Once, when he was strolling in a solitary place beyond the city and pondering about where to seek the way to the knowledge of Truth, he met an old man. In the ensuing conversation he revealed to Justin the essential nature of the Christian teaching and advised him to seek the answers to all the questions of life in the books of Holy Scripture. "But before anything else," said the holy Elder, "pray diligently to God, so that He might open to you the doors of Light. No one is able to comprehend Truth, unless he is granted understanding from God Himself, Who reveals it to each one who seeks Him in prayer and in love."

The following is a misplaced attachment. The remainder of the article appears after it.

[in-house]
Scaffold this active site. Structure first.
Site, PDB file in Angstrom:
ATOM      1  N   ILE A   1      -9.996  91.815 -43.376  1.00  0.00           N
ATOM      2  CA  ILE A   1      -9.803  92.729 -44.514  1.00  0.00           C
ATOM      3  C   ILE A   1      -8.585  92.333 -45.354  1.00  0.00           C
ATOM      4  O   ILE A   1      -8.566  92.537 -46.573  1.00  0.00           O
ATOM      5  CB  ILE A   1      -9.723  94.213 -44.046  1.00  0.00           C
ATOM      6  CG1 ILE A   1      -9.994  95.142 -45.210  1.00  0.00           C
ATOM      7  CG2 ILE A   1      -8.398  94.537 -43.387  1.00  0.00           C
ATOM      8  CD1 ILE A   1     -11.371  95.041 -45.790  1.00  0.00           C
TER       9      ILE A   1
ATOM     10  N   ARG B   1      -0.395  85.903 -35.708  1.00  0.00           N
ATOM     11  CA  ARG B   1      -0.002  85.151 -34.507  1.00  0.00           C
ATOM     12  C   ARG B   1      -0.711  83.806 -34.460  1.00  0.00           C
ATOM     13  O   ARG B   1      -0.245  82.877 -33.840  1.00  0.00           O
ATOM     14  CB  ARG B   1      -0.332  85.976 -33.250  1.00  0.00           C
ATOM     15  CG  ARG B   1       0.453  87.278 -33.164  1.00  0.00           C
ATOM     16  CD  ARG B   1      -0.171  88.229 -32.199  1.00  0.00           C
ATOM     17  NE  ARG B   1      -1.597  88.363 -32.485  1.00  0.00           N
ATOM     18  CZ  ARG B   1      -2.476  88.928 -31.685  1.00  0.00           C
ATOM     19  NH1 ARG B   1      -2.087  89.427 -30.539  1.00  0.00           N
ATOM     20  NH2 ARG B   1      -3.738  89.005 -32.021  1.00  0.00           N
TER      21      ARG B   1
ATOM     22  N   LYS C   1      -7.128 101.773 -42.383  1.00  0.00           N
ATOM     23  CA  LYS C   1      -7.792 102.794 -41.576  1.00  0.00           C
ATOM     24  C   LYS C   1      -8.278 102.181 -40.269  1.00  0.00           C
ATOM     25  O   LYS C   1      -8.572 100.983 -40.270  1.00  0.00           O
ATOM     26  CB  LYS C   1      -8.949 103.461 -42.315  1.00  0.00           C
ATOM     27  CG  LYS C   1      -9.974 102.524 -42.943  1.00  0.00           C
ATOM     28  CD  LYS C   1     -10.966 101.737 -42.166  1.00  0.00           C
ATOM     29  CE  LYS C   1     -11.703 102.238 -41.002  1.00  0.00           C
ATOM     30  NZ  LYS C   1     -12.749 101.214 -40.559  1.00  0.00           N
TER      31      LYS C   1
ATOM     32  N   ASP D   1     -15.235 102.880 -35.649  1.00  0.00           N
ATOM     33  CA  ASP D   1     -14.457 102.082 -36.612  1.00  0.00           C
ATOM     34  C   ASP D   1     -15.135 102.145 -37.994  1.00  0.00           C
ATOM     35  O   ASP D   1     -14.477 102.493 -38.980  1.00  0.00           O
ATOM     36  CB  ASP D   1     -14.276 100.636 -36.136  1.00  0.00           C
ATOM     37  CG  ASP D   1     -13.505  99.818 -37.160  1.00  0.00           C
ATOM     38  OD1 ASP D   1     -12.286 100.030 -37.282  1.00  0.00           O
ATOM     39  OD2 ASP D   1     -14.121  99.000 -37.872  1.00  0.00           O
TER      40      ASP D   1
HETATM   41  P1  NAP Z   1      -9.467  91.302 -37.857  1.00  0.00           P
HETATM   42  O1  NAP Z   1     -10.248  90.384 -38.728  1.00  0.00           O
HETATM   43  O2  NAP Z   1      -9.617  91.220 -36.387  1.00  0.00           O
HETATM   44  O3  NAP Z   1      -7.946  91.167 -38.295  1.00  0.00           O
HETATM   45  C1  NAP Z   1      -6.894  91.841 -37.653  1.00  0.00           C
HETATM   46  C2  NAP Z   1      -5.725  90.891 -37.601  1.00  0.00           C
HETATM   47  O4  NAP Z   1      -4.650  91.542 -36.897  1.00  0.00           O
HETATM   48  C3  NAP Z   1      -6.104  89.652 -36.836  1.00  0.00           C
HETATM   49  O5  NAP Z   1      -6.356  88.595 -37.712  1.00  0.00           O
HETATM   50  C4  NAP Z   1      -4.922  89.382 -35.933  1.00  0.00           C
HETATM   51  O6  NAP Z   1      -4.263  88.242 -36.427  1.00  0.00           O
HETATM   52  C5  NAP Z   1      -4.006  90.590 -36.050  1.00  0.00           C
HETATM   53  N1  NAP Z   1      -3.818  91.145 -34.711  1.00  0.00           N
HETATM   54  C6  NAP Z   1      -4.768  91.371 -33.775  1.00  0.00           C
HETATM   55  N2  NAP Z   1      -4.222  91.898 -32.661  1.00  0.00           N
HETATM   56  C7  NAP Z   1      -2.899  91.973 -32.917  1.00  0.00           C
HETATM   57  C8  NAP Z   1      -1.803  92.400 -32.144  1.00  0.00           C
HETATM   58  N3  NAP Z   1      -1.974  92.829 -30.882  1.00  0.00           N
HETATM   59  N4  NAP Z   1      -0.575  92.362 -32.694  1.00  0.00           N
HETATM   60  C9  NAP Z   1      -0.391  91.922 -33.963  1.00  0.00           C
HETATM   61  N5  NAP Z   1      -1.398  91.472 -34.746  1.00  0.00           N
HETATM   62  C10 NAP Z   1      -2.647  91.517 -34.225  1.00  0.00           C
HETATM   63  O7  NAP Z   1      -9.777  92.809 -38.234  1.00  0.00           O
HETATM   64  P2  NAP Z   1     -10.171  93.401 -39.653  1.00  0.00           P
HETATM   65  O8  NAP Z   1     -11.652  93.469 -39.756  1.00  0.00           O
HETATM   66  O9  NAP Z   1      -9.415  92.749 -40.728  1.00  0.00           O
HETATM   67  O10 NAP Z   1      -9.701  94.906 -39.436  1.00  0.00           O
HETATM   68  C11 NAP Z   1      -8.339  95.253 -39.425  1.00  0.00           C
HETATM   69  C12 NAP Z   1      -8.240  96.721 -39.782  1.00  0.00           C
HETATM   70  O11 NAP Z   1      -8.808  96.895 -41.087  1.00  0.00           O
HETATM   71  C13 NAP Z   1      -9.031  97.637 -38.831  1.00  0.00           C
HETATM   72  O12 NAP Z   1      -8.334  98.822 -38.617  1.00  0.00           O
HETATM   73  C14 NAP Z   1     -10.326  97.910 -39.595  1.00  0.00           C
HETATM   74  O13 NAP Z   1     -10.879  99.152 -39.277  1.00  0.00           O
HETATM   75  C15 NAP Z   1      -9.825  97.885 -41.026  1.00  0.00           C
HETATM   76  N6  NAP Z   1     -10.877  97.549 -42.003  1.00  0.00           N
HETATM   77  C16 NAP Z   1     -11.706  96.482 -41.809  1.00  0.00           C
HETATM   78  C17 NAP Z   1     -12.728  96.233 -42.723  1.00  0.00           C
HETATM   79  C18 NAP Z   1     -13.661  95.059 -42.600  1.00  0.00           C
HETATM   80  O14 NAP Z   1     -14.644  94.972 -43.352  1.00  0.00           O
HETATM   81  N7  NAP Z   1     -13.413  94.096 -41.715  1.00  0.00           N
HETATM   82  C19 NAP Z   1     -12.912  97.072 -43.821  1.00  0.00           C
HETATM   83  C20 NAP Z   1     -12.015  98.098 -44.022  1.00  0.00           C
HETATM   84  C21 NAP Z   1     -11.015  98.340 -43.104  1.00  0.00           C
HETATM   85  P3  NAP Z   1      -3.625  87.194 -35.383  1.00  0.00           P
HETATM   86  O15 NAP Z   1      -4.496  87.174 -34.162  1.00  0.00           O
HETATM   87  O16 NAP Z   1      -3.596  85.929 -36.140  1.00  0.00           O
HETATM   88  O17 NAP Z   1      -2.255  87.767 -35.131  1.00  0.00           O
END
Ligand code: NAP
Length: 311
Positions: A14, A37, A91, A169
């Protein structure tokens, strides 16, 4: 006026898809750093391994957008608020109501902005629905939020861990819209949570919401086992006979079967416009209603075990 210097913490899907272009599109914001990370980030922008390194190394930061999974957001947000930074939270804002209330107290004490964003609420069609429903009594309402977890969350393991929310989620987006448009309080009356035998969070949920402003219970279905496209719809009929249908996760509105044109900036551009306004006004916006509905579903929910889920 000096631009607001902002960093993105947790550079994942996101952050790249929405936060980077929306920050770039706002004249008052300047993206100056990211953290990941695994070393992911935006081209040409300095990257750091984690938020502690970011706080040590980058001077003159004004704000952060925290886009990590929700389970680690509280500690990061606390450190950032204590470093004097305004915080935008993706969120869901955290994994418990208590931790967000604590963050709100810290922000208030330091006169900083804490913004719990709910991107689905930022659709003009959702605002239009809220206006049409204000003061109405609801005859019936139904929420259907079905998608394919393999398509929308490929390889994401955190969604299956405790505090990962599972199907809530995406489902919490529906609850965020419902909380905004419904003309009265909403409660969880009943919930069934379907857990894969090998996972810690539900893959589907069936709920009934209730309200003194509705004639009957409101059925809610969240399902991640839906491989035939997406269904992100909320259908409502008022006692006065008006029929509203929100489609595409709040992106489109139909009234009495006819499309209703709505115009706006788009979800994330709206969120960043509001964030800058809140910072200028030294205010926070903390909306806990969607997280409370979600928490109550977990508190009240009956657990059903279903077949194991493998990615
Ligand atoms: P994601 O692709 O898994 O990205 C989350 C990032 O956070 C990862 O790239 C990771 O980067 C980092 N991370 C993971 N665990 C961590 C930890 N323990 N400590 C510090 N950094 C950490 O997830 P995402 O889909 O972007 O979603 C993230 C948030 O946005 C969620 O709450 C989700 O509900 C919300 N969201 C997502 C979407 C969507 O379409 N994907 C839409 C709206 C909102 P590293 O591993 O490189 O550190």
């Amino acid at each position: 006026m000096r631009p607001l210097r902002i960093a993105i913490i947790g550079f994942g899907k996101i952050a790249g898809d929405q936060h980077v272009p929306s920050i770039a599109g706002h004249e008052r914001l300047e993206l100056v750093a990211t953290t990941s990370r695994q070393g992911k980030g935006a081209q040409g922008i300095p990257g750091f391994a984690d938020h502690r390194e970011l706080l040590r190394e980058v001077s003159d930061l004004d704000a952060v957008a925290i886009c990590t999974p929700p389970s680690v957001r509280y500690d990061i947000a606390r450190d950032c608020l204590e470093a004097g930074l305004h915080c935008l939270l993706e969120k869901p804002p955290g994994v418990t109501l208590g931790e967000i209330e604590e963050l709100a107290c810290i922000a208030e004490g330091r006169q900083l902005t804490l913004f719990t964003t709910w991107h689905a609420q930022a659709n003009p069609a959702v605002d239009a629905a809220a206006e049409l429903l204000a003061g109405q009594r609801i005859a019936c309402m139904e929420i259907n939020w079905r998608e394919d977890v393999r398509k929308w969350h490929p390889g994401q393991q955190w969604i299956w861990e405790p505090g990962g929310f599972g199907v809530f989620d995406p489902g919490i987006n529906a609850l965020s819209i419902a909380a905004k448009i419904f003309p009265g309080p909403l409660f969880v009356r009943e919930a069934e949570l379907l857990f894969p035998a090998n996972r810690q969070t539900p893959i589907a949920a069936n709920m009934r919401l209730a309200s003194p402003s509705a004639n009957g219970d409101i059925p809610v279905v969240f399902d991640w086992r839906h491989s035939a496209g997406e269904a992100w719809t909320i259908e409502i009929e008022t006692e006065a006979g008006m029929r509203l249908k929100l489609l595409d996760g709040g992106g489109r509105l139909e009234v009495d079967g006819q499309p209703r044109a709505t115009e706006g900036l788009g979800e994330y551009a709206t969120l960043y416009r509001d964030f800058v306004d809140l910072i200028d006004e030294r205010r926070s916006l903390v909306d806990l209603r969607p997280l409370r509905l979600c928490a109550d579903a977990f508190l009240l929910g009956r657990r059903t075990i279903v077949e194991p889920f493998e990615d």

St. Justin, apologist and martyr, was one of the most important Christian writers of the second century. He himself tells how his study of all the schools of philosophy led him to Christianity, and how he dedicated his life to the defense of the Christian faith as "the one certain and profitable philosophy."
St. Justin is particularly celebrated for the two Apologies which he was courageous enough to address in succession to the persecuting emperors Antoninus and Marcus Aurelius. One of them contains a description of the rites of baptism and the ceremonies of Mass, thus constituting the most valuable evidence that we possess on the Roman liturgy of his day. He was beheaded in Rome in 165. Justin is also referred to as "the Philosopher."
(Courtesy of CatholicCuluture.com)